to put himself out. He’d been sorely injured though and I hopped he’d be easy to
finish off.

By this time my friends had joined me, and they raced forward to meet the enemy.

Have I described the clang of swords too many times? Has the description of
Caribdis and his bow lost its impact? There have been so many fights that I fear any
reader must surely grow tired of their constant relation. Perhaps I simply cannot do
them justice. Whatever the case, I can only assure the reader that this was a brutal
and bloody fight. Griff, Taklinn, Hap, Adeede and Sensesi waded into battle,
hacking away at yuan-ti while doing their best to avoid retaliatory blows. Caribdis
stood at my side firing off arrow after arrow and reciting his verse. As for me, I
feared that this would not be our only battle this day, and I vowed to conserve my
spells, using less powerful magic’s to harrie and distract our foes.

Speaking of magic’s, I have related many times that the yuan-ti have plenty of
their own innate magical abilities that we’ve had to contend with, but it appeared
that at least one of the yuan-ti commanders knew a little about spell casting himself,
for I later learned that Taklinn had been Cursed, making it far more difficult to hit
with his axe. Our cleric suffered through this during the fight and still suffers with it
now. He tells us that upon the morning he will be able to free himself from it, but I
can tell that it’s slowed him down considerably.

Griff and Taklinn carved a path through the sentries and charged to deal with the
commanders. Caribdis, Adeede and Sensesi mopped up the remaining sentries
while Happy and I made our way through the fray to help the fighters. I cast a Wall
of Ice across the corner of the room to block the three doors and ensure that none
could escape or call for help, but the spell casting yuan-ti Levitated himself to at
least try to stay out of our reach. It was not to be, however, for Taklinn leapt up and
grabbed hold of him. The two hovered there, each grappling with the other. I can
tell you that it is not a pleasant experience to wrestle with a yuan-ti, for the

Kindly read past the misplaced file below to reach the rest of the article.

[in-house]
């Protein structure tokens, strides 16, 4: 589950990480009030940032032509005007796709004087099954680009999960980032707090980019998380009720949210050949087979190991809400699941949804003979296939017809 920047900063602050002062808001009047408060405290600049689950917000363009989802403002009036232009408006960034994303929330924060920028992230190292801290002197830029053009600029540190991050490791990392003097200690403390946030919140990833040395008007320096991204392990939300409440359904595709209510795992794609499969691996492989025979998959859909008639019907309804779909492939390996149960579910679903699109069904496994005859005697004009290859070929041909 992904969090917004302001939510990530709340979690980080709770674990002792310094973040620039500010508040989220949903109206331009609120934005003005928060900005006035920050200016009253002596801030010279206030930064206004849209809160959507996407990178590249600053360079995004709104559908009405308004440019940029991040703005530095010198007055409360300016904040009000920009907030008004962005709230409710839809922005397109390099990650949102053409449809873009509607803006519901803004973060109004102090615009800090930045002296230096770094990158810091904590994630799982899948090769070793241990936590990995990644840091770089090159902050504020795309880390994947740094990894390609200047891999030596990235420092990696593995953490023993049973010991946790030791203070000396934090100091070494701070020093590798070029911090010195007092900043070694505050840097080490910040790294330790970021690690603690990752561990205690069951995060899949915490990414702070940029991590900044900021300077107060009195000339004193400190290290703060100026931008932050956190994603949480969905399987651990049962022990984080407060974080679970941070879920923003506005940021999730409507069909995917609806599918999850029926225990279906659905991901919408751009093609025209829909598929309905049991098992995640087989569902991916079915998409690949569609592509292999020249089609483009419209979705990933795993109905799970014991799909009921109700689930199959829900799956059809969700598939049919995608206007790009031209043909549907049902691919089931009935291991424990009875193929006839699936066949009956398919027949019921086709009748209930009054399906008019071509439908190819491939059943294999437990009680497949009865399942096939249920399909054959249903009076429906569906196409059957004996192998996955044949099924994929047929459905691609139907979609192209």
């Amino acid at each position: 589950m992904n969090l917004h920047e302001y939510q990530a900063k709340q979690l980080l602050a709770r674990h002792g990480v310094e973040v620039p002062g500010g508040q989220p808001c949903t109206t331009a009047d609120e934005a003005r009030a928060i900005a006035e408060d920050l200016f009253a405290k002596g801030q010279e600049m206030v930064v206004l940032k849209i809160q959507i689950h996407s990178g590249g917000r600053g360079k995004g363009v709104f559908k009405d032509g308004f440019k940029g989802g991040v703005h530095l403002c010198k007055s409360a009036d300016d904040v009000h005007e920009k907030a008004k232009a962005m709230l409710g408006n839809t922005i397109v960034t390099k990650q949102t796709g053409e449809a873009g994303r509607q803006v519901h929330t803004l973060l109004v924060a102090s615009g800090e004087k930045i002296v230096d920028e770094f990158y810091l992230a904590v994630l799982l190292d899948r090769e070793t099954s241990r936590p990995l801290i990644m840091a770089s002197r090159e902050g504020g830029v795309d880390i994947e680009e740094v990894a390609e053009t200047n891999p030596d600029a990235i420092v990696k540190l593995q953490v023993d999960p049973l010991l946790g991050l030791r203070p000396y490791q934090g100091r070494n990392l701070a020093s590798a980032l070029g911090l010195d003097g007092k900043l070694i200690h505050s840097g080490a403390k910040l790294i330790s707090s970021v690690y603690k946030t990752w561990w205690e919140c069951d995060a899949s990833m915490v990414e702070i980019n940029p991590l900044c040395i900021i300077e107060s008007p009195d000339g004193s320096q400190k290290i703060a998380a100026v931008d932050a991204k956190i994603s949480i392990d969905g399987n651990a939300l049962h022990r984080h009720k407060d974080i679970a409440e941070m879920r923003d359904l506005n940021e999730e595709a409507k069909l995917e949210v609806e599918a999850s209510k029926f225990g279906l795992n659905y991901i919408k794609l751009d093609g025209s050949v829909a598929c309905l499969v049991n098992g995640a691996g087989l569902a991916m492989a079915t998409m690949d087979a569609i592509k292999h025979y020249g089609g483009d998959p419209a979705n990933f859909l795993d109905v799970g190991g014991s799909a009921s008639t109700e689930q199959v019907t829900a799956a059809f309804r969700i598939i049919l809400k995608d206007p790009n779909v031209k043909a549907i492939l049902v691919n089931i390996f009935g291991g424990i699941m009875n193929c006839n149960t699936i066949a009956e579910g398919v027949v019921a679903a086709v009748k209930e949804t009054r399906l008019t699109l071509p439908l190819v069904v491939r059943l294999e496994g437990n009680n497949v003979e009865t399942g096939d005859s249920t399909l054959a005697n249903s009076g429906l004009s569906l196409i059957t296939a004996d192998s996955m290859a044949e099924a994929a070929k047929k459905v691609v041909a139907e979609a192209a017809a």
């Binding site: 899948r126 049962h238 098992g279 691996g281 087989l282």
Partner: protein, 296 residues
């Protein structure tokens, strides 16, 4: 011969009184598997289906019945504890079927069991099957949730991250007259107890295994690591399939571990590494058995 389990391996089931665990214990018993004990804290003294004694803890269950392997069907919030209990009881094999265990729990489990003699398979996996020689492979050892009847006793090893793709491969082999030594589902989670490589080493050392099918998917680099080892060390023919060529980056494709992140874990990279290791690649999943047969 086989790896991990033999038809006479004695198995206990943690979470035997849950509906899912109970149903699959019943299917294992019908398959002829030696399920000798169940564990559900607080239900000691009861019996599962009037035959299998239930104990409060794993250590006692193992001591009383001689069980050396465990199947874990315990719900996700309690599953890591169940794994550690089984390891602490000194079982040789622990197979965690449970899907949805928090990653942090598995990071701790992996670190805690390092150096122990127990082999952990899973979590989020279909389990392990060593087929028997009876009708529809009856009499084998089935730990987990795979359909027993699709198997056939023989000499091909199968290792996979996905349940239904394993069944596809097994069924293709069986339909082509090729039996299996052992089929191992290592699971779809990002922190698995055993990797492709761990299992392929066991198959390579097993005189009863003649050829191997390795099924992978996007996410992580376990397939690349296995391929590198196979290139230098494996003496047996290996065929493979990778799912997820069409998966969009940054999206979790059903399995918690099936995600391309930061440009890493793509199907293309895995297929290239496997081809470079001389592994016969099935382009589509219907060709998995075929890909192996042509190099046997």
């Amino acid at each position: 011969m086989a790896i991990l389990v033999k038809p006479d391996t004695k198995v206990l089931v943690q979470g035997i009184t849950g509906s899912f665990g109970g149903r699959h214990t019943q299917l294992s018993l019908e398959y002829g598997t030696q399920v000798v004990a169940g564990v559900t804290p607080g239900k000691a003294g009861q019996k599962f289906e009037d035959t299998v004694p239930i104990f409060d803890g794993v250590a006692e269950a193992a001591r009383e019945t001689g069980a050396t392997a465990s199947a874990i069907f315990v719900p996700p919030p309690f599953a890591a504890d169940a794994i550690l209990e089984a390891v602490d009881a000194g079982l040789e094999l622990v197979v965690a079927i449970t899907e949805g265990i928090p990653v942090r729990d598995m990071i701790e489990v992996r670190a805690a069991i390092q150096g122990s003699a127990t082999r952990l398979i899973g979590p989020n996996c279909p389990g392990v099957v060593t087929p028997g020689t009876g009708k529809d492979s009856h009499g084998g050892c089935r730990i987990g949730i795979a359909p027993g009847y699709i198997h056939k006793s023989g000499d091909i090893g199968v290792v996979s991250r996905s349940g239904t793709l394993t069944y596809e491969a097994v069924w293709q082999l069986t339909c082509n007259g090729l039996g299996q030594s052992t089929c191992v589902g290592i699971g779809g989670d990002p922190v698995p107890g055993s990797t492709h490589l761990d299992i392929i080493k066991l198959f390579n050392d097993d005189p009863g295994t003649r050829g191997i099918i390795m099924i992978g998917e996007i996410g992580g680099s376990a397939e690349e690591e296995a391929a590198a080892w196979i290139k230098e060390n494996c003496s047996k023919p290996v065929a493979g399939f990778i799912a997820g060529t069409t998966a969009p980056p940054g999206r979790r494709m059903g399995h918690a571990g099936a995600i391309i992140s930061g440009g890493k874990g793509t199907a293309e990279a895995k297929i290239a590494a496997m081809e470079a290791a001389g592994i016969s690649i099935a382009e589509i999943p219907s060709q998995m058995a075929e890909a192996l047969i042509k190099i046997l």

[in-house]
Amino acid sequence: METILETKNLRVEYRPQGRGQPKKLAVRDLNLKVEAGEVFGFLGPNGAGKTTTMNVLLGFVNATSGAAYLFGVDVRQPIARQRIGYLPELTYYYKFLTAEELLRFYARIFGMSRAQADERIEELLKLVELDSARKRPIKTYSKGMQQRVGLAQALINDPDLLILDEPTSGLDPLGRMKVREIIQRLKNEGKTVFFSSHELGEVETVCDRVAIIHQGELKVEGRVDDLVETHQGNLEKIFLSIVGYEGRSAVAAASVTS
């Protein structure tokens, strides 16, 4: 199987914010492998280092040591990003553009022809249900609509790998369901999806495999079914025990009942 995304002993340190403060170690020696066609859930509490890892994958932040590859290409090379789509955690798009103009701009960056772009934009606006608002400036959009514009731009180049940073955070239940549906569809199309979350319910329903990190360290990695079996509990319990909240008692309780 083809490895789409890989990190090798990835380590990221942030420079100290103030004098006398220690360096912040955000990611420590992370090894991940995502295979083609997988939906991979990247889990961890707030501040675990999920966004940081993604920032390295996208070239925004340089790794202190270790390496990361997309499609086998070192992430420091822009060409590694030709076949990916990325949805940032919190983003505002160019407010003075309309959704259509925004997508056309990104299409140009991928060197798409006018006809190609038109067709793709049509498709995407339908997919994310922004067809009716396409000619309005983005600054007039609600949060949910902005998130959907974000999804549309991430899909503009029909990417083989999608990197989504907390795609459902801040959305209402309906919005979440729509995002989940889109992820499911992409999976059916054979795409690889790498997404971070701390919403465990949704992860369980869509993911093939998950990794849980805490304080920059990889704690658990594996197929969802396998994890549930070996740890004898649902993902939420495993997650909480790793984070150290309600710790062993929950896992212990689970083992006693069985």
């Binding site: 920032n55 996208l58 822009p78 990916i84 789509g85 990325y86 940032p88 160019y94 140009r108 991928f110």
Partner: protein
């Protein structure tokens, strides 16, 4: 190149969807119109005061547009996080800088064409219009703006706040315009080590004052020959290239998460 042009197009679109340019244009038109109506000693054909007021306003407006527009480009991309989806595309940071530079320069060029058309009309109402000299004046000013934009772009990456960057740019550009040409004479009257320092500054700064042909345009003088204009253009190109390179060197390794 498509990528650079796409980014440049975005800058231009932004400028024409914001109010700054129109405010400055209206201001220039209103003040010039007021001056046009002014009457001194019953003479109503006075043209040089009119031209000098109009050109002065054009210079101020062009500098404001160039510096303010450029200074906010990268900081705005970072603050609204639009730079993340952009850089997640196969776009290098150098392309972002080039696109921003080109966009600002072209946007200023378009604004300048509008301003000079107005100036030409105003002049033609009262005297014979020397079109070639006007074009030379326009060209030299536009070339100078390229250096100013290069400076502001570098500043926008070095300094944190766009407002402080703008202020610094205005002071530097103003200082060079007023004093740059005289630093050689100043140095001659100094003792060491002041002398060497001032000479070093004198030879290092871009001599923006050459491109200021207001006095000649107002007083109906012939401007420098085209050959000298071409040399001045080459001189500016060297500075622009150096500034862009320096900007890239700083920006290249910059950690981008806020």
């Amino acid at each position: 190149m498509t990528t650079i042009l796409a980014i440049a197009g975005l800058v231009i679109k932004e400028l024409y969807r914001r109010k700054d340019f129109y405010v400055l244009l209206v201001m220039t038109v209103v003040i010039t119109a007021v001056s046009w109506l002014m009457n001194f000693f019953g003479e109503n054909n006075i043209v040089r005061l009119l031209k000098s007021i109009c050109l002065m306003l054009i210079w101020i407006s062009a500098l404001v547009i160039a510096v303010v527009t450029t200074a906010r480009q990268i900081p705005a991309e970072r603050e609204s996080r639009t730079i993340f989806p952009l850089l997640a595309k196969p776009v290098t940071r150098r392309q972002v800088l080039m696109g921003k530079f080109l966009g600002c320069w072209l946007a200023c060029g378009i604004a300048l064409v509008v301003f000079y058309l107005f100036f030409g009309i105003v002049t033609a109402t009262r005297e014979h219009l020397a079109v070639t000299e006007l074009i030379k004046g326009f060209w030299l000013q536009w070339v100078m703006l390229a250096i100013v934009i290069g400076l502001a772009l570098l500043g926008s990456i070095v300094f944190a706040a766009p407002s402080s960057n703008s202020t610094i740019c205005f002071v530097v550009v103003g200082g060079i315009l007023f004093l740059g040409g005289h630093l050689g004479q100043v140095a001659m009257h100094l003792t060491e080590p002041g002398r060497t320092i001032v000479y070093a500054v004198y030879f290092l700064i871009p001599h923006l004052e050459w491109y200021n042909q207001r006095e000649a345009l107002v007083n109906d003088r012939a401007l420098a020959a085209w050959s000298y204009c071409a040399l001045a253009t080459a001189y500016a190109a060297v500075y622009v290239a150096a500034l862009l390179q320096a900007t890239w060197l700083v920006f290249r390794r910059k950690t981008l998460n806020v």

creatures can excrete an acidic substance that can melt flesh. It is quite painful, and
I could tell that Taklinn was feeling its effects. But he refused to let go. Meanwhile,
Griff was doing his best to hammer away at the yuan-ti without hitting Taklinn.

The second commander still had to be dealt with, and I chose to put myself in
harms way to facilitate Happy’s strike. I snuck around behind the yuan-ti in an
attempt to distract him. It worked, for he turned to face me just as Happy reached
him. She swiftly sank two daggers into his vitals, and he yelled in pain. As for me, I
figured my job had been done. I scurried beneath the desk and came up on its far
side, casting Magic Missile as fast as I could. The magical bolts struck him, and it
was enough. Down he went.

Suddenly we were cast into darkness! Now, I have no real reason to believe that
this darkness was not yuan-ti induced. It is, after all, a favorite tactic of theirs. But
Ambros did spot Caribdis as the bard raced forward and pointed his new rod at the
fray and mouthed its command word. So, was it yuan-ti darkness, or was it
Caribdis’ new toy? Likely, we shall never know, and as it turns out, its a moot point
and we shan’t be bothered by the rod again. But I’m getting ahead of myself.

By the time I’d found my way out of the darkness, Griff and Taklinn had
pummeled the yuan-ti to death. We were left with a roomful of dead snake men and
three doors to contend with.

From where I was I could make out the entirety of the room. It was fashioned in
nearly seamless stone the color of alabaster. The architecture was unfamiliar to me,
and for the first time since I’ve been on Edik I was acutely aware that we are truly
not in Havilah anymore. There is a foreignness about the wall carvings and accenting
that makes me feel quite out of place.

I could see Griff and Taklinn standing over the dead yuan-ti commander, their
chests heaving from the exertion of battle. Happy, as always, was quick to make
sure Griff was not too badly injured. I have an odd feeling about those two, but if
there is anything going on other than stalwart friendship, they are good at masking
it. Besides, the size difference would be a major difficulty to overcome.

Still...

Ah well, none of my business anyway!

Caribdis let his voice fall and his verse end as he quickly put his rod away
and strode forward to retrieve his arrows. Adeede did the same, and Sensesi
quietly wiped her scimitar off on one of her dead brethren.

The woman gives me the screaming creeps!